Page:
The U.S Department of Energy’s (DOE) Office of Electricity (OE) hosted a dynamic load modeling workshop to review current related projects on March 24, 2022. The workshop highlighted and gathered feedback on OE research with respect to dynamic load modeling and built community among researchers and with industry.
Dynamic load modeling is a specialized means for representing the short-term (less than one minute) behavior of end-use loads in simulation-based transient stability studies of electric power systems. The models describe how loads respond to physical disturbances that affect the reliability of the power system. Use of dynamic load models is a requirement for planners who conduct these studies pursuant to North American Electric Reliability Corporation (NERC) reliability requirements.
Dynamic load modeling differs considerably from other forms of load modeling. For example, load forecasting models focus on predicting how loads on the power system might evolve over decades, years, seasons, days, or hours of one day. Over these time frames, consideration of changing demographic, economic, and meteorological factors is essential because they impact the resulting forecast directly. These are important, but not the focus of this workshop.
The workshop featured strong and broad participation from DOE, the National Labs, academia, and industry with over 120 registered participants. It opened with keynote presentations by Michael Pesin, Deputy Assistant Secretary for the Advanced Grid R&D program in DOE’s Office of Electricity and by Dmitry Kosterev, Senior Transmission Planner for the Bonneville Power Administration.
The first paper session featured presentations by Soumya Kundu, PNNL, on Harmonic Enhanced Load Modeling and Data Generation and by Nan Duan, LLNL, on Load Sculptor: Robust Dynamic Load Modeling and Uncertainty. Two, invited discussants - Song Wang, Transmission Planning, Pacificorp and Scott Hinson, Chief Technology Officer, Pecan Street - then provided industry perspectives on the papers.
The second paper session featured presentations by Joe Eto, LBNL, on Distribution-level Impacts of Plug-in Electric Vehicle Charging on the Transmission Grid during Fault Conditions, and Dave Chassin, SLAC, on Advanced Load Modeling. Two, invited industry discussants - Kannan Sreenivaaschar, Transmision Planning, ISO New England and Parag Mitra, EPRI - then provided industry perspectives on the papers.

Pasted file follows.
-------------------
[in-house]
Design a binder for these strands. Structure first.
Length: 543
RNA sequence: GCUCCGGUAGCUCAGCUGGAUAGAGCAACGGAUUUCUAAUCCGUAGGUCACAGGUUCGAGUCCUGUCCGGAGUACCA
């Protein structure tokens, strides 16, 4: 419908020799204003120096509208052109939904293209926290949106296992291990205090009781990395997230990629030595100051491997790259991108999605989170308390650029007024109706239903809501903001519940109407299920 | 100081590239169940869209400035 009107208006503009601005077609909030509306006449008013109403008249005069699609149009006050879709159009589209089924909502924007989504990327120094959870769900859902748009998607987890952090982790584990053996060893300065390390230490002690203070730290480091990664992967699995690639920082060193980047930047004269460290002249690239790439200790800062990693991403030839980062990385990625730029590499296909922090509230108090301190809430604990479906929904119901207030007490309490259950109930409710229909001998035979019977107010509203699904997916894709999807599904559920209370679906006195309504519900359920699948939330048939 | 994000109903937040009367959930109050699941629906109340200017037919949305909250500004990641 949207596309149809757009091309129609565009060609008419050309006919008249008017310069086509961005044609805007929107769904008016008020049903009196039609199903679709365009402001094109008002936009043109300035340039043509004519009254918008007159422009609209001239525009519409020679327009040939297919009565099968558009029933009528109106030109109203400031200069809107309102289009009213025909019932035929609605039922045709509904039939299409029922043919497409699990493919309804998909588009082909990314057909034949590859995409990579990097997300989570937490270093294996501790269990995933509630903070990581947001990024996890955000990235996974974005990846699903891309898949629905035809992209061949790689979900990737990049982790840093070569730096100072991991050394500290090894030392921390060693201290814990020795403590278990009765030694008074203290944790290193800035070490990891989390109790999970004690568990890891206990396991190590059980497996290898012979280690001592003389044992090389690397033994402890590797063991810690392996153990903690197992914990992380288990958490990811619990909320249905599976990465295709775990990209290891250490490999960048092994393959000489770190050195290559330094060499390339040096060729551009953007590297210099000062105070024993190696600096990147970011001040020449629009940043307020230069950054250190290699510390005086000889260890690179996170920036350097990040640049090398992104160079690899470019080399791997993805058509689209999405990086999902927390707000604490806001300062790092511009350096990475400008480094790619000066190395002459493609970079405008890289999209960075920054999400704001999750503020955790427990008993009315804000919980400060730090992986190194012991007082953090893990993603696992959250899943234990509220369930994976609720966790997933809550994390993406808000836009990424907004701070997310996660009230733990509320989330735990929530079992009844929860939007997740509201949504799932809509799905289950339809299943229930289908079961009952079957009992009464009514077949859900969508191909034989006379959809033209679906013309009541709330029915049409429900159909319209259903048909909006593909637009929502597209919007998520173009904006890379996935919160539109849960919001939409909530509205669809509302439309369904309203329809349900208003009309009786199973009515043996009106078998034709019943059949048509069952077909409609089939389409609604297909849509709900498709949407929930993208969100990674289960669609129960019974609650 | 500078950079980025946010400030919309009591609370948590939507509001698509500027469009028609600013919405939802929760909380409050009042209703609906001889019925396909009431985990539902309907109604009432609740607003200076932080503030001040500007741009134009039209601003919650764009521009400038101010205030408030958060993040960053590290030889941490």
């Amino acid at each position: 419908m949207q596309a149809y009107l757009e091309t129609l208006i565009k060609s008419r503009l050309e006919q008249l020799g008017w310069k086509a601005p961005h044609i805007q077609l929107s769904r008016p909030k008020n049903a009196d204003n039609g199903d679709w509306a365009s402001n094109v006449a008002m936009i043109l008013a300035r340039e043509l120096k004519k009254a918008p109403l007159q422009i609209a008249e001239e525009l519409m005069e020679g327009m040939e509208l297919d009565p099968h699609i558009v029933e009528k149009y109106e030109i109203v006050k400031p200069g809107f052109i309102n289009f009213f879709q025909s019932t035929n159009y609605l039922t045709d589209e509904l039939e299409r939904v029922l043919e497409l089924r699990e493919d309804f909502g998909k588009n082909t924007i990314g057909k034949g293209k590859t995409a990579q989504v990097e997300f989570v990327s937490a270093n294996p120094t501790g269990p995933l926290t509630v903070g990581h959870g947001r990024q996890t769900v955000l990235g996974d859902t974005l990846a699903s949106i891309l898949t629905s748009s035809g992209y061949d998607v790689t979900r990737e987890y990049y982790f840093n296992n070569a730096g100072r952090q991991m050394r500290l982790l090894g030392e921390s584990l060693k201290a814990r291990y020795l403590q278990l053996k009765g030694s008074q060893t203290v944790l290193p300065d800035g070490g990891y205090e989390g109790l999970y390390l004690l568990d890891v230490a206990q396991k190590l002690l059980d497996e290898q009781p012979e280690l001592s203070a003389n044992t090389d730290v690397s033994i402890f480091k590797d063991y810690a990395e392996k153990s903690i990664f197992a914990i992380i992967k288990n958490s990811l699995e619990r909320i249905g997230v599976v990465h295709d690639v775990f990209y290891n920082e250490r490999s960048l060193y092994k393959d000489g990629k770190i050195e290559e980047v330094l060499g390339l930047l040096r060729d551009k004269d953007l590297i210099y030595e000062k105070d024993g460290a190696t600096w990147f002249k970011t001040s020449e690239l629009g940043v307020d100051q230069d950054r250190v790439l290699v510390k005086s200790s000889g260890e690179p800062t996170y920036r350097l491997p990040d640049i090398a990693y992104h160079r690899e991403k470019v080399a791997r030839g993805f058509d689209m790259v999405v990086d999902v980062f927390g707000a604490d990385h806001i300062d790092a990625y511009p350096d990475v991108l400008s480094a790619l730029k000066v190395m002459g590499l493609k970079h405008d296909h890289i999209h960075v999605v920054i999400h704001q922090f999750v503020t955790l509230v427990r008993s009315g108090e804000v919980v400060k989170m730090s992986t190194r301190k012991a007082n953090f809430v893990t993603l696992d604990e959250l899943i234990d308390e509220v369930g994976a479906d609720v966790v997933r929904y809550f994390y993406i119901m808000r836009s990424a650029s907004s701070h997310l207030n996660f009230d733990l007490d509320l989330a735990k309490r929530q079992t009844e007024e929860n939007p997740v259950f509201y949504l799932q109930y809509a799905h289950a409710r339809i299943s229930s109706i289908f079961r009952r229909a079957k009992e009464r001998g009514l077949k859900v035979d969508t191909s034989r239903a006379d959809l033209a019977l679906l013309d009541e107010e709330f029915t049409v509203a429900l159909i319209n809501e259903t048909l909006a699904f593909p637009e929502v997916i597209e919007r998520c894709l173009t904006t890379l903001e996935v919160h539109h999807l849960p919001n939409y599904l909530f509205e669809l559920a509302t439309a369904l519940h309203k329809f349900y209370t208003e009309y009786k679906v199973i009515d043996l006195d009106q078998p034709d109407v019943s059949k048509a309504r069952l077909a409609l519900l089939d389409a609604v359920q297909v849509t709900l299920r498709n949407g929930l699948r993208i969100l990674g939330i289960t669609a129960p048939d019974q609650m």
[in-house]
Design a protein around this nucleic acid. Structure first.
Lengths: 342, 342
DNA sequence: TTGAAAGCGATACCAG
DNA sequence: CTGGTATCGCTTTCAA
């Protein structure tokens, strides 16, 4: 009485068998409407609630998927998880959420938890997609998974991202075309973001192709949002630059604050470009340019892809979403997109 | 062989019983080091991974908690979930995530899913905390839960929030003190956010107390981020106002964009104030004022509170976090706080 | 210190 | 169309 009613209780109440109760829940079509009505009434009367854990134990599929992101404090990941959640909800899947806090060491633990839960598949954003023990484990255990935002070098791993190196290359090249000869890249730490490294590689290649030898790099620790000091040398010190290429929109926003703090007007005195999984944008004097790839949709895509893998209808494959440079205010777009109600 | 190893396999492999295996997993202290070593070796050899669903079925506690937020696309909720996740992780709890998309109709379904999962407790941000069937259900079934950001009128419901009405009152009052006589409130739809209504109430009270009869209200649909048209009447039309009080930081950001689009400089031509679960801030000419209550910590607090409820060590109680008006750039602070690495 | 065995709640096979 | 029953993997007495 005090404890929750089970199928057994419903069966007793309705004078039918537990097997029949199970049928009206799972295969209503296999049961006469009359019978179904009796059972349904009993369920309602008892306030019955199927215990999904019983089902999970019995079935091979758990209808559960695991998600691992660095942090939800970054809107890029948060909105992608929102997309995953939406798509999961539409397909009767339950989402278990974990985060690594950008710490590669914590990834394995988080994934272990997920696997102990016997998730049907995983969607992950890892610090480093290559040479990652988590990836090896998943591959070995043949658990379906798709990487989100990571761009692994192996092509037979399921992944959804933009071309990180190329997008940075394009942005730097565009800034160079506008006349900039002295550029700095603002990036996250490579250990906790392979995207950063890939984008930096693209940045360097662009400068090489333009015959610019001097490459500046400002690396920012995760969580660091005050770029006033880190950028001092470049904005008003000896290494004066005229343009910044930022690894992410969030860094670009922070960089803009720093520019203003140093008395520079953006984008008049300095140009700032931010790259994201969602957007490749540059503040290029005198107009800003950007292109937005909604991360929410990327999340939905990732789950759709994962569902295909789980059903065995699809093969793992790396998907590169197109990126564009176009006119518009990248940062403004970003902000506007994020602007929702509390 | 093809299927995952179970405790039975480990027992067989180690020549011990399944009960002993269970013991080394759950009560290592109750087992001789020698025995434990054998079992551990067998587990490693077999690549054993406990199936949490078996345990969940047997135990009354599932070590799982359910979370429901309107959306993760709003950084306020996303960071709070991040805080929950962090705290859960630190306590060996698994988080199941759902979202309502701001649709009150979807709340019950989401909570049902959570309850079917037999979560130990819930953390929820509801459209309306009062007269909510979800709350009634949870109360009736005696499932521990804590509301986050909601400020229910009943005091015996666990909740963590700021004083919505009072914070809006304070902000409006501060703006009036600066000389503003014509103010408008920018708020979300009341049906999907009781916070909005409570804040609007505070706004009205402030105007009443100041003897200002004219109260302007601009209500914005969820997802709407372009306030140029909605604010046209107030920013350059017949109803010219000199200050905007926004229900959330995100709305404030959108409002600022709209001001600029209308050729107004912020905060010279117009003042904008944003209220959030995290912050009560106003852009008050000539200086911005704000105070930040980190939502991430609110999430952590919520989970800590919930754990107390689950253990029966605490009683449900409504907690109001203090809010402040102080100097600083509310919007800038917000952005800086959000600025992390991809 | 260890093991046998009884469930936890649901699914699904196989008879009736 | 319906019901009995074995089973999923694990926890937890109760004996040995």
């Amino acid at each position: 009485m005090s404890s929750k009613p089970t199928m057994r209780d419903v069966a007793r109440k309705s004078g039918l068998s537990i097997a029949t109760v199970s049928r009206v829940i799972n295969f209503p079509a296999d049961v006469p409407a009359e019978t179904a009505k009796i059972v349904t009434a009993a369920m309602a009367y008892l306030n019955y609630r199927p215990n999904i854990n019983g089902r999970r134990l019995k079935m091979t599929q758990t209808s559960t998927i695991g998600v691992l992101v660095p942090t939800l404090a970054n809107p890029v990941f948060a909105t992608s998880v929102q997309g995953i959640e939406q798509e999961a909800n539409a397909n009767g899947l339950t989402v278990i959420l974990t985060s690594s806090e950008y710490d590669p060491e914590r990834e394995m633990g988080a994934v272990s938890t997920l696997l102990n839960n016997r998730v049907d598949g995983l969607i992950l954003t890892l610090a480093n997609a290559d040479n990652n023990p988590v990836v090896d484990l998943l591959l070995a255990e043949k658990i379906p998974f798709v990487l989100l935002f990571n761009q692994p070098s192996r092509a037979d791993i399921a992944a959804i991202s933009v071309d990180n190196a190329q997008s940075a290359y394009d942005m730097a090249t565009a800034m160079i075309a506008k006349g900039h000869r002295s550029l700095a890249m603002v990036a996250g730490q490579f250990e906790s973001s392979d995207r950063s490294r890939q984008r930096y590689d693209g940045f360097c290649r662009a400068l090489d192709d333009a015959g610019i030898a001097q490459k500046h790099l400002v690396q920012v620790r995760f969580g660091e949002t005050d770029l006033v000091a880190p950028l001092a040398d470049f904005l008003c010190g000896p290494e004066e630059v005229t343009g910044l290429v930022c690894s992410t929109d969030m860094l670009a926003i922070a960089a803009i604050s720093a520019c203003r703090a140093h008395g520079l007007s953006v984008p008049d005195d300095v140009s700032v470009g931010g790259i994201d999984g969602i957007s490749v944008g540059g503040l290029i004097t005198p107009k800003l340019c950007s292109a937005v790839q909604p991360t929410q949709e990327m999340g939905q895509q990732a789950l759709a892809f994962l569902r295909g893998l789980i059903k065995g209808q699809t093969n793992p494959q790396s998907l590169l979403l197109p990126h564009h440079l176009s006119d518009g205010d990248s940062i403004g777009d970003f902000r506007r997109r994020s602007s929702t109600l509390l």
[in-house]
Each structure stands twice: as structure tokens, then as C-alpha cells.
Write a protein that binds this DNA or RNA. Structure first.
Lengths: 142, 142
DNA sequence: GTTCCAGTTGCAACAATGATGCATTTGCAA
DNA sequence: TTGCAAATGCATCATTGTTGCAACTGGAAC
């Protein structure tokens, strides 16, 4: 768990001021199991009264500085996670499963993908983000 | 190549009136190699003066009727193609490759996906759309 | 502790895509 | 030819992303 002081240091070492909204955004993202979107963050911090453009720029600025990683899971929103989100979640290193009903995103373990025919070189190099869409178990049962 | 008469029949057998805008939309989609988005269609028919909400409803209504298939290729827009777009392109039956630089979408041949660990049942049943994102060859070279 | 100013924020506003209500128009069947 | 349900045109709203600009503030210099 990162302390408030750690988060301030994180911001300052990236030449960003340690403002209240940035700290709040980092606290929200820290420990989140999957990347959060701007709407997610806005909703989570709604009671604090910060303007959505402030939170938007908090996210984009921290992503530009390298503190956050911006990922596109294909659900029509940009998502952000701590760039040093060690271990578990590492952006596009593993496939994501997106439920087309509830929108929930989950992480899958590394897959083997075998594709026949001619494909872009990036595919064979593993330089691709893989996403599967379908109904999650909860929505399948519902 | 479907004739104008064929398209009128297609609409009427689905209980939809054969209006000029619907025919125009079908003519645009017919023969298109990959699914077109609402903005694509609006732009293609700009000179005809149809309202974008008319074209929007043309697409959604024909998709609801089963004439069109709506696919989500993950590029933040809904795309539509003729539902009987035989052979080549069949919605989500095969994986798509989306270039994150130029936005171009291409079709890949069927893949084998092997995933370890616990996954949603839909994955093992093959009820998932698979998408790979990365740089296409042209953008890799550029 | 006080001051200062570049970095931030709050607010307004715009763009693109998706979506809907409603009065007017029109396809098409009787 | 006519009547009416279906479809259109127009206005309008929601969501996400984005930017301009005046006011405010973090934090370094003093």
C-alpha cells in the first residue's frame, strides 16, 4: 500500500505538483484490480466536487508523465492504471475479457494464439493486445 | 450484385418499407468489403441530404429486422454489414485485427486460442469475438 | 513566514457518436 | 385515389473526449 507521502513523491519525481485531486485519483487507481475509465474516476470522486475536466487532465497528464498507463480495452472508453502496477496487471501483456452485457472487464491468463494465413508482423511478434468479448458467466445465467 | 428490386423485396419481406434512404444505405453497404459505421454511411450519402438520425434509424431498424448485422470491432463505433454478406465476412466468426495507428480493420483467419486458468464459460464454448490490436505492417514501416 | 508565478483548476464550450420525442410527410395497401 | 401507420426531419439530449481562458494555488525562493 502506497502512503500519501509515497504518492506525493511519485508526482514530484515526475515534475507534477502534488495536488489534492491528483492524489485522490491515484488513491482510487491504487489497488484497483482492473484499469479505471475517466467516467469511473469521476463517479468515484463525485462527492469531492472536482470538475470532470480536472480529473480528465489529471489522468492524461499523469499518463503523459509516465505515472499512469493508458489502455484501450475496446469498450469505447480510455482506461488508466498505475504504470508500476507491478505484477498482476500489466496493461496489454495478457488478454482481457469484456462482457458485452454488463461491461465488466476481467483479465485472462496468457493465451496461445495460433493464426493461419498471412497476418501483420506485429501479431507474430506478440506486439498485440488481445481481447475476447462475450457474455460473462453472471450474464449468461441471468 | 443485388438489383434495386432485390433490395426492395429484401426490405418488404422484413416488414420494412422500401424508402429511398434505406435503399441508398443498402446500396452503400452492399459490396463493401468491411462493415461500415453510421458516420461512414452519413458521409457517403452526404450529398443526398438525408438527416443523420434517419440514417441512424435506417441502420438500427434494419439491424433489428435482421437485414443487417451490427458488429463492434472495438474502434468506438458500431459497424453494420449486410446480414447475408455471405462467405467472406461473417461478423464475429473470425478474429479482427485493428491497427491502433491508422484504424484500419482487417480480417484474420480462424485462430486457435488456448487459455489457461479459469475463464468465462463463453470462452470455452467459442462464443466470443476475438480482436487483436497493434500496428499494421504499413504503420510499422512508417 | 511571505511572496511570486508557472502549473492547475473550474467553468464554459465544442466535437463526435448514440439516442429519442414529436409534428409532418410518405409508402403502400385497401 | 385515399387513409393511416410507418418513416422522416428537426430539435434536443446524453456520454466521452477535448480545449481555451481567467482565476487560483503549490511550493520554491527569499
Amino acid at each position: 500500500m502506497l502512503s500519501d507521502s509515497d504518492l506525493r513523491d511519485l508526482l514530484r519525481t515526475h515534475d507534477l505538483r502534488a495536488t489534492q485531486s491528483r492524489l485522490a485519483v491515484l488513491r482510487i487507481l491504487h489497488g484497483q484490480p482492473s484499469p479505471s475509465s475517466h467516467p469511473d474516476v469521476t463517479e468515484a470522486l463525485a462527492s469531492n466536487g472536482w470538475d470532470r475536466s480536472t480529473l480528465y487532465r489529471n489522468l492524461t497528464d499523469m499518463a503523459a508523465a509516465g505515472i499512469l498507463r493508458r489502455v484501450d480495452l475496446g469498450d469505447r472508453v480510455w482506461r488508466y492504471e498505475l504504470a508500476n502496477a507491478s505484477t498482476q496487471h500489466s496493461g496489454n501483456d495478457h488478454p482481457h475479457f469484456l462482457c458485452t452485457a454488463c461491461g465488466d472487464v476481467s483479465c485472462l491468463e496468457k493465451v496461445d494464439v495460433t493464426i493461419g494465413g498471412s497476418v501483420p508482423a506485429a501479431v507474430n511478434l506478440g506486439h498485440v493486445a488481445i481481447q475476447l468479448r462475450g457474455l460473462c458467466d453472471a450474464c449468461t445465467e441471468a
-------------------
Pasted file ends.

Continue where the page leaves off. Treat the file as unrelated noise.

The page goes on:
New, rapidly growing electric loads (e.g., EV and heat pumps) and sources (e.g., DER, PV, and storage) require development of dynamic load models so that their reliability impacts on the grid can be assessed accurately and, if needed, to support the development of measures to address any negative impacts.
Access to real-world data is needed to confirm the insights from initial research studies conducted using simulations of toy-size systems. For example, real-world data (e.g., at the substation level) is needed to “train” machine learning approaches for characterizing the dynamic behavior of loads, especially EVs and DERs.
The importance of improving our understanding of and taking better account of power quality and harmonics in transmission planning is growing.
Transmission planners seek dynamic load modeling improvements that:
- Reduce the size of models in order to reduce the computation times required to run models with more sophisticated dynamic load models;
- Improve dynamic load modeling of power electronic loads;
- Improve the characterization of the dynamic behavior of distribution systems;
- Enable more detailed study of the dynamic impacts of load in “weak” transmission systems (e.g., those with significant amounts of inverter-based generation compared to traditional synchronous generation), especially to study the reliability impacts of wildfires and climate change; and
- Enable more detailed studies of synthetic inertia, droop control, etc. These studies should seek to improve our understanding of how the behavior of these devices affects the reliability of transmission systems and their interaction with distribution systems.
There is a need to begin development of standards or other means for ensuring future loads will be “grid friendly.” Conversations and engagement between transmission planners their manufacturing industry counterparts (eg. EV OEMs) will help improve dynamic load models and discuss standards for grid-friendly load-consuming equipment. DOE, through the transmission reliability and resilience (TRR) program, supports standards development through collaboration with industry, academia, and the National Labs. Additionally, the TRR program at DOE plays a role in developing modeling tools, including dynamic load modeling methods, to help accelerate innovation. This workshop will help inform future TRR program development in the area of dynamic line rating, and guide future collaborations with key stakeholders.